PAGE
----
One of the clear advantages of trimarans is that they are generally more suitable to outboard motor power than cats. Compared to inboard motors outboards are lighter and cheaper and it's easy to get the prop clear of the water when you're sailing. 


On the downside they don't provide very good steering control in tight spaces, especially in reverse. Some trimaran owners get around this by creating a link between the outboard and the rudder.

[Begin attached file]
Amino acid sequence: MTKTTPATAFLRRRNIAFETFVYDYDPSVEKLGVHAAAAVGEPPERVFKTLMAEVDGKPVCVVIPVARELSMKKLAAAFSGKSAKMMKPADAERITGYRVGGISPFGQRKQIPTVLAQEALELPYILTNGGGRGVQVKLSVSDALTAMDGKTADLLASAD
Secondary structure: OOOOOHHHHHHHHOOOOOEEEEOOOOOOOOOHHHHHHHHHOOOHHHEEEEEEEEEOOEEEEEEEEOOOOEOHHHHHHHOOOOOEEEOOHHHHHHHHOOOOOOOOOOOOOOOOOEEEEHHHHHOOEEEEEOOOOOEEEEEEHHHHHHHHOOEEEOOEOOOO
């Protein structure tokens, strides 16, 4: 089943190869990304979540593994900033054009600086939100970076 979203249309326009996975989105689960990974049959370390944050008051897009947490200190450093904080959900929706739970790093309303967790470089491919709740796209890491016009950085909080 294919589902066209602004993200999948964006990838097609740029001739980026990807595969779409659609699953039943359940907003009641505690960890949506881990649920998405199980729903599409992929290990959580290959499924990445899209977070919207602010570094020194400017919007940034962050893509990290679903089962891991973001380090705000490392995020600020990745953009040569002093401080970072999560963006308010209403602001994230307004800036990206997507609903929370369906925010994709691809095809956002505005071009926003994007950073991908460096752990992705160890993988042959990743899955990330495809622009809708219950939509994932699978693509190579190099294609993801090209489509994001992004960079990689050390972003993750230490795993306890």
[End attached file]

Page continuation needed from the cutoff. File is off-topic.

That works fine if the rudder is beside the outboard on the main hull. 


For trimarans with the rudders on the floats it's a bit more complicated, and more so if the design calls for the motor be able to be deployed and retracted without leaving the cockpit.


For the R42 we experimented with some geometry to see if we could effectively link the outboard and rudders using cables without inhibiting the tilt action for the outboard. The cables go slack when the outboard is raised, but can be pulled in close to the beam using bungee chords.